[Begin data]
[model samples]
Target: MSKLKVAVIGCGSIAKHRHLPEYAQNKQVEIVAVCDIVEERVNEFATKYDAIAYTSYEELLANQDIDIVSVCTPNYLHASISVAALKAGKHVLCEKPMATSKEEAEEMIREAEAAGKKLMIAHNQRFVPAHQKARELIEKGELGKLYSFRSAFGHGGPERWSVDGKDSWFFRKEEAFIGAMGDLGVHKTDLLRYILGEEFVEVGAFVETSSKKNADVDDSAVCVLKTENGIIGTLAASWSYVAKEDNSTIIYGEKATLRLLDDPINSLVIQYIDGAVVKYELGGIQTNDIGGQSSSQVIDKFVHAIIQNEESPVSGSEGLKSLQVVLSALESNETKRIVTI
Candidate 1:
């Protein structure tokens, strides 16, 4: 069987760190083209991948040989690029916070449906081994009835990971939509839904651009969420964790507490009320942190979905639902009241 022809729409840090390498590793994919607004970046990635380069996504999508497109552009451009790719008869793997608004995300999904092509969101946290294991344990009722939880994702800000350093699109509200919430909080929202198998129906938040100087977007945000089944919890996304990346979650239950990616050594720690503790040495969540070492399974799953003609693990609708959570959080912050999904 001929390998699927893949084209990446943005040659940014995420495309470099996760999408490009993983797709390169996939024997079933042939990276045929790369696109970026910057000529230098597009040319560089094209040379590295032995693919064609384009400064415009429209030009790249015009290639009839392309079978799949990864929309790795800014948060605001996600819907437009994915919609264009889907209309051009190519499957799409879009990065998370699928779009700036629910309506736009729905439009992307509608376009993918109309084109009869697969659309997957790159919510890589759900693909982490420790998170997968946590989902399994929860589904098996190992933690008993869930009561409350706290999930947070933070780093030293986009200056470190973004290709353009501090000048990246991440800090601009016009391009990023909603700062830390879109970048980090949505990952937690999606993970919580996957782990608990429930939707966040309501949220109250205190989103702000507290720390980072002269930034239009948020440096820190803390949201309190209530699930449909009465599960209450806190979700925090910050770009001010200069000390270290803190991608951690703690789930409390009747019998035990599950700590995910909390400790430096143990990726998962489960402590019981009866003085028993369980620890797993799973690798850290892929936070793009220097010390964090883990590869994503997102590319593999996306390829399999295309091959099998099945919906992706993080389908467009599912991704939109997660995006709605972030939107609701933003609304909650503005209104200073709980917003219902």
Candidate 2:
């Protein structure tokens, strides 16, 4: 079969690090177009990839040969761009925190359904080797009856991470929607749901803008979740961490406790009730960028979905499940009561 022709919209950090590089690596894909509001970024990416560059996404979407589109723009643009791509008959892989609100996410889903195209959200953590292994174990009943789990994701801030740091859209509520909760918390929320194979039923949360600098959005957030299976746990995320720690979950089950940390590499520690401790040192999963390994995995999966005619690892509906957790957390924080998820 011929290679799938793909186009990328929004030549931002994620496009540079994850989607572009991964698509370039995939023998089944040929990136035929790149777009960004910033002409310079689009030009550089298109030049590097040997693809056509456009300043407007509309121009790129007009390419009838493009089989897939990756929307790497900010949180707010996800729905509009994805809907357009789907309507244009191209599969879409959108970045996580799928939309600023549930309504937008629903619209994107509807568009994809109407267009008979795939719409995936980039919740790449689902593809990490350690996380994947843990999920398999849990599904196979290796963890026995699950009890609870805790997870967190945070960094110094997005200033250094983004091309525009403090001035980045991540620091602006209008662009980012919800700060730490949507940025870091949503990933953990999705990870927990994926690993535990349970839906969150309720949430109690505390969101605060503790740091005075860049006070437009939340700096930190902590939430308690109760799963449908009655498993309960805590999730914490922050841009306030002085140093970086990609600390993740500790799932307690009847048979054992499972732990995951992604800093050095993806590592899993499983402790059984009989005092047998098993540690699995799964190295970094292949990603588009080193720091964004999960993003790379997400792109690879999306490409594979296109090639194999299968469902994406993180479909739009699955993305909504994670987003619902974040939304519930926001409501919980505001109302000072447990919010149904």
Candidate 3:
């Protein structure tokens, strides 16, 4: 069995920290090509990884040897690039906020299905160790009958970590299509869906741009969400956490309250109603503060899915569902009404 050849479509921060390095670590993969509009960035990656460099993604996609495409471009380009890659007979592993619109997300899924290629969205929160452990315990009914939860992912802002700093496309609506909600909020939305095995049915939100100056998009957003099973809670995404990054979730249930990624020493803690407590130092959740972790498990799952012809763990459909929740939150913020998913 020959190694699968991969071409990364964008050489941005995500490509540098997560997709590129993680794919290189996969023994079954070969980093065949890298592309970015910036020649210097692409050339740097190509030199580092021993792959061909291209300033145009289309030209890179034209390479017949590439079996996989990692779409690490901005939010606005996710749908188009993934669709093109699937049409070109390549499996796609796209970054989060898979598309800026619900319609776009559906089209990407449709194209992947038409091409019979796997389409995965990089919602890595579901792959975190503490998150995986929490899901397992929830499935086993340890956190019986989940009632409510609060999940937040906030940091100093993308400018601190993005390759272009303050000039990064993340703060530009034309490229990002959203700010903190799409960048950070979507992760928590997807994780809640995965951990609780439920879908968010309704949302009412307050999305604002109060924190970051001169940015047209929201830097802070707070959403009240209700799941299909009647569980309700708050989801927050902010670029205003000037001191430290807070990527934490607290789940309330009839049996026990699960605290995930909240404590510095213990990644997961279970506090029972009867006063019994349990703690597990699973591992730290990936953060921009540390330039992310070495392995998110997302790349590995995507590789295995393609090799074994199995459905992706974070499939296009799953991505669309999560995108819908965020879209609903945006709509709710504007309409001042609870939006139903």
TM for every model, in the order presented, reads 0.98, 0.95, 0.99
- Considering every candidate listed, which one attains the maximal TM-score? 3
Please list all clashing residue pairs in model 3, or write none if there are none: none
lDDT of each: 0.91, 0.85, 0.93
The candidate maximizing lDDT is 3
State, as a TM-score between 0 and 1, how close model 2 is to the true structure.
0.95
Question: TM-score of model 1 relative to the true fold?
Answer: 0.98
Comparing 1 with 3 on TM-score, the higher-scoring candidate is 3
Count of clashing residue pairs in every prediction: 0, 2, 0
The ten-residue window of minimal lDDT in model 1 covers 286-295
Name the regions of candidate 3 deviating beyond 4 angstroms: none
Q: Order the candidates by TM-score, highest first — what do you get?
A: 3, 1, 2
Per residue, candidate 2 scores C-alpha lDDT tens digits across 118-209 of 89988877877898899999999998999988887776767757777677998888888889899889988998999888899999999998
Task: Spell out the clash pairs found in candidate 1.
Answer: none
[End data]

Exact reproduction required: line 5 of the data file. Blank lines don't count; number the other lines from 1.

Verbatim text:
Candidate 2: